Danish Faruqui, CEO of Fab Economics, pointed out that although the direct funding grant awarded to Samsung is lower than those awarded to Intel and TSMC, it is the largest relative to the size of the company’s promised investment. TSMC’s investment is expected to exceed $65 billion. Intel anticipates its investments will surpass $100 billion over the next five years.

Investing in two separate locations

The proposed investment to Samsung is planned for two separate locations in Central Texas.

In Taylor, the funds will help establish a comprehensive, advanced manufacturing ecosystem. This will include two advanced logic foundry fabs dedicated to the mass production of 4nm and 2nm process technologies, an R&D fab for the development of future technology generations, and an advanced packaging facility focused on 3D High Bandwidth Memory and 2.5D packaging, both critical for AI applications.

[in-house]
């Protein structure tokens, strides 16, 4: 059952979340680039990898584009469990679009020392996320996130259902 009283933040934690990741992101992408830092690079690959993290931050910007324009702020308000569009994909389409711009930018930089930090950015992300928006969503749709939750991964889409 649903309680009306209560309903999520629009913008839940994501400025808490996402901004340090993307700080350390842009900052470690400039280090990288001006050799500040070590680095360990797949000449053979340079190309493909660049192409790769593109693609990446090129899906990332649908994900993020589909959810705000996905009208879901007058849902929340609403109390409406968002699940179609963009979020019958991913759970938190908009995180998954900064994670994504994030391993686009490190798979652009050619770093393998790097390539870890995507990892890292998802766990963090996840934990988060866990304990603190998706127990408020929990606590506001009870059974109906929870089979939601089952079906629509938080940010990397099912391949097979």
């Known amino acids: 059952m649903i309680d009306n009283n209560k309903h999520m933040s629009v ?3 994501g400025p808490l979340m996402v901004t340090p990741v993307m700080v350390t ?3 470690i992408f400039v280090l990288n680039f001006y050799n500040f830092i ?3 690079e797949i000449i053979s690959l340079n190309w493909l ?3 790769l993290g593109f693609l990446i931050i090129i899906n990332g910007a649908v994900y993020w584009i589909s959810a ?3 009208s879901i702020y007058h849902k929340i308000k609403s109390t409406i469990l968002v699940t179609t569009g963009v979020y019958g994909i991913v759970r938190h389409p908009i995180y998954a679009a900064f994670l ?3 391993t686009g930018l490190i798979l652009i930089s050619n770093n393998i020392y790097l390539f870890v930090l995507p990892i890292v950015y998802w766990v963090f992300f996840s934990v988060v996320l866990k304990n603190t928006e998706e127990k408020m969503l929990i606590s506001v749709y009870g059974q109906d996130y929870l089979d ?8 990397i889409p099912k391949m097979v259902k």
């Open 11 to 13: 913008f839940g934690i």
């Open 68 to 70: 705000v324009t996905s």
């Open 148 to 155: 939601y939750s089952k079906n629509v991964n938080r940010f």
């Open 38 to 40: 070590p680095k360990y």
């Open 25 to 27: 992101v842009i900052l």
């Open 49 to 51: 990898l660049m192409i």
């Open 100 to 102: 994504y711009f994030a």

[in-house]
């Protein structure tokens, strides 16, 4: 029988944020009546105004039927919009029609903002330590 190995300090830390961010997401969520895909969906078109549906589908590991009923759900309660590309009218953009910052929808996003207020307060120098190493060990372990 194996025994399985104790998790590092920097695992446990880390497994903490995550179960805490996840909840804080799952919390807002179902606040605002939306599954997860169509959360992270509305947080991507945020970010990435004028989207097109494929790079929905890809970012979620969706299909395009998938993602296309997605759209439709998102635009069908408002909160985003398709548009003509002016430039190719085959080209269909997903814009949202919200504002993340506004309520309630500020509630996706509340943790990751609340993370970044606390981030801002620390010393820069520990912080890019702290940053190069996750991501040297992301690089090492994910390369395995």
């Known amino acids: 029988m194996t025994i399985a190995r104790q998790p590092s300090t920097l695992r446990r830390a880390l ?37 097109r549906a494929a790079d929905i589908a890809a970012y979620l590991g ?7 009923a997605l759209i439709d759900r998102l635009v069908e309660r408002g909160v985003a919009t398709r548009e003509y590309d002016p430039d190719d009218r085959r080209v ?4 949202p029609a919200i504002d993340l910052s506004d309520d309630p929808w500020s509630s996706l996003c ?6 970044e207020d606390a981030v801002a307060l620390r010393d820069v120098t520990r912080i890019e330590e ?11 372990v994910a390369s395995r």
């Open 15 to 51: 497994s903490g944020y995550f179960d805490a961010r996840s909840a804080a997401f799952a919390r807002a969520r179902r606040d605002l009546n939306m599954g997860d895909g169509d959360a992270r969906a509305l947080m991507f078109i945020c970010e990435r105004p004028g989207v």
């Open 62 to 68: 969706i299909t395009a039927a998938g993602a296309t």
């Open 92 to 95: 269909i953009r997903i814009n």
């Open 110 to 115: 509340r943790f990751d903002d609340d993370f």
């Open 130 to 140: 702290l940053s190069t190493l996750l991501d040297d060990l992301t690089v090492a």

In Austin, the investment will expand existing facilities to enhance the production of fully depleted silicon-on-insulator (FD-SOI) process technologies. This expansion aims to support crucial US industries, including aerospace, defense, and automotive, by upgrading their technological capabilities and innovation potential.

Challenges to overcome

While analysts agree that this move could potentially stimulate the domestic tech industry, becoming a leader in chip manufacturing may not be easy for the US.

Faruqui said that a significant challenge is the non-competitive Fab/ATP site-level Total Cost of Ownership (TCO), which aggregates all Capex and Opex cost structures for each year of construction and high-volume operation.